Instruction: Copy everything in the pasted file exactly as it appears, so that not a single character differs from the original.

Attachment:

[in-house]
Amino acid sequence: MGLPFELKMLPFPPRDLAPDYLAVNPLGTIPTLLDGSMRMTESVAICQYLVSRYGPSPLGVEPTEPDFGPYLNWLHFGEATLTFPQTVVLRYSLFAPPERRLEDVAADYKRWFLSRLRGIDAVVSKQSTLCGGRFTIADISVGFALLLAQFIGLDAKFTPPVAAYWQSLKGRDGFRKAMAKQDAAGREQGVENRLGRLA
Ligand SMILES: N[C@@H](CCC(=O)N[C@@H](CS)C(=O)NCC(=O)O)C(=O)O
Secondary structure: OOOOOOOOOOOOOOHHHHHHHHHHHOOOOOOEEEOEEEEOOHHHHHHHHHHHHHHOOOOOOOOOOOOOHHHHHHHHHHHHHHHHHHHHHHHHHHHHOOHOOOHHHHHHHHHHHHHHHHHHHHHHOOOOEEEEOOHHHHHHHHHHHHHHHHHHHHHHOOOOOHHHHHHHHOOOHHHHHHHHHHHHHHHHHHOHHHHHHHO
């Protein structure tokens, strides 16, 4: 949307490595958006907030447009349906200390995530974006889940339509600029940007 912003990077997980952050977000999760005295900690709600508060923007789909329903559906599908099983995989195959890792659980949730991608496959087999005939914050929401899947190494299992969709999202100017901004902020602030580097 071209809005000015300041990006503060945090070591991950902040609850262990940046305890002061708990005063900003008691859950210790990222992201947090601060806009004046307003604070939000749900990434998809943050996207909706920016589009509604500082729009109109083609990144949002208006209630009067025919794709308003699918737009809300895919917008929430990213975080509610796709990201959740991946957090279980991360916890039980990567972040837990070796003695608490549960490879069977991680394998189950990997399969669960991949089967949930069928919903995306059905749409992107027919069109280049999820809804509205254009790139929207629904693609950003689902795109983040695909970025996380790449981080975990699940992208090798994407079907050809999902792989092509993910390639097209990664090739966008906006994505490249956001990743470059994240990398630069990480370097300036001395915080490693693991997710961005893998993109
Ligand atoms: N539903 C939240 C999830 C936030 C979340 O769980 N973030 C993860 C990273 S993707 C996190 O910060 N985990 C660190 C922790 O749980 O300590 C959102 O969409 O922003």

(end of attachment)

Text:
[in-house]
Amino acid sequence: MGLPFELKMLPFPPRDLAPDYLAVNPLGTIPTLLDGSMRMTESVAICQYLVSRYGPSPLGVEPTEPDFGPYLNWLHFGEATLTFPQTVVLRYSLFAPPERRLEDVAADYKRWFLSRLRGIDAVVSKQSTLCGGRFTIADISVGFALLLAQFIGLDAKFTPPVAAYWQSLKGRDGFRKAMAKQDAAGREQGVENRLGRLA
Ligand SMILES: N[C@@H](CCC(=O)N[C@@H](CS)C(=O)NCC(=O)O)C(=O)O
Secondary structure: OOOOOOOOOOOOOOHHHHHHHHHHHOOOOOOEEEOEEEEOOHHHHHHHHHHHHHHOOOOOOOOOOOOOHHHHHHHHHHHHHHHHHHHHHHHHHHHHOOHOOOHHHHHHHHHHHHHHHHHHHHHHOOOOEEEEOOHHHHHHHHHHHHHHHHHHHHHHOOOOOHHHHHHHHOOOHHHHHHHHHHHHHHHHHHOHHHHHHHO
């Protein structure tokens, strides 16, 4: 949307490595958006907030447009349906200390995530974006889940339509600029940007 912003990077997980952050977000999760005295900690709600508060923007789909329903559906599908099983995989195959890792659980949730991608496959087999005939914050929401899947190494299992969709999202100017901004902020602030580097 071209809005000015300041990006503060945090070591991950902040609850262990940046305890002061708990005063900003008691859950210790990222992201947090601060806009004046307003604070939000749900990434998809943050996207909706920016589009509604500082729009109109083609990144949002208006209630009067025919794709308003699918737009809300895919917008929430990213975080509610796709990201959740991946957090279980991360916890039980990567972040837990070796003695608490549960490879069977991680394998189950990997399969669960991949089967949930069928919903995306059905749409992107027919069109280049999820809804509205254009790139929207629904693609950003689902795109983040695909970025996380790449981080975990699940992208090798994407079907050809999902792989092509993910390639097209990664090739966008906006994505490249956001990743470059994240990398630069990480370097300036001395915080490693693991997710961005893998993109
Ligand atoms: N539903 C939240 C999830 C936030 C979340 O769980 N973030 C993860 C990273 S993707 C996190 O910060 N985990 C660190 C922790 O749980 O300590 C959102 O969409 O922003």